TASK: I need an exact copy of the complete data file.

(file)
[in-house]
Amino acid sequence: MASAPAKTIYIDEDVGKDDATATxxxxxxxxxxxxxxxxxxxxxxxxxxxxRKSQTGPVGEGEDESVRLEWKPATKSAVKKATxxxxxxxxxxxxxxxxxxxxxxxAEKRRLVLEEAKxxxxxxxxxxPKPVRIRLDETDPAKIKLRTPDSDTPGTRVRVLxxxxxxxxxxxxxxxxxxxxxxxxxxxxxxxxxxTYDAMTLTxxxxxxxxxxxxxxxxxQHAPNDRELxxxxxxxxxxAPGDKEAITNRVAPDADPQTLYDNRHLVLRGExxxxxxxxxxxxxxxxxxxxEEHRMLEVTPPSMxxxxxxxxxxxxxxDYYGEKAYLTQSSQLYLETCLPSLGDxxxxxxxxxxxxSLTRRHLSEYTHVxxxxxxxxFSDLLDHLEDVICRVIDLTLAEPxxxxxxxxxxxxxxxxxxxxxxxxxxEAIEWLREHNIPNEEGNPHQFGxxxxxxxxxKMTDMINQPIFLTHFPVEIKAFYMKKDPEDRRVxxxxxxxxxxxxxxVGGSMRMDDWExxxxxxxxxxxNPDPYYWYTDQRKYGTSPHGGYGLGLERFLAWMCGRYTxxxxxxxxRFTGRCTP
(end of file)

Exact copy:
[in-house]
Amino acid sequence: MASAPAKTIYIDEDVGKDDATATxxxxxxxxxxxxxxxxxxxxxxxxxxxxRKSQTGPVGEGEDESVRLEWKPATKSAVKKATxxxxxxxxxxxxxxxxxxxxxxxAEKRRLVLEEAKxxxxxxxxxxPKPVRIRLDETDPAKIKLRTPDSDTPGTRVRVLxxxxxxxxxxxxxxxxxxxxxxxxxxxxxxxxxxTYDAMTLTxxxxxxxxxxxxxxxxxQHAPNDRELxxxxxxxxxxAPGDKEAITNRVAPDADPQTLYDNRHLVLRGExxxxxxxxxxxxxxxxxxxxEEHRMLEVTPPSMxxxxxxxxxxxxxxDYYGEKAYLTQSSQLYLETCLPSLGDxxxxxxxxxxxxSLTRRHLSEYTHVxxxxxxxxFSDLLDHLEDVICRVIDLTLAEPxxxxxxxxxxxxxxxxxxxxxxxxxxEAIEWLREHNIPNEEGNPHQFGxxxxxxxxxKMTDMINQPIFLTHFPVEIKAFYMKKDPEDRRVxxxxxxxxxxxxxxVGGSMRMDDWExxxxxxxxxxxNPDPYYWYTDQRKYGTSPHGGYGLGLERFLAWMCGRYTxxxxxxxxRFTGRCTP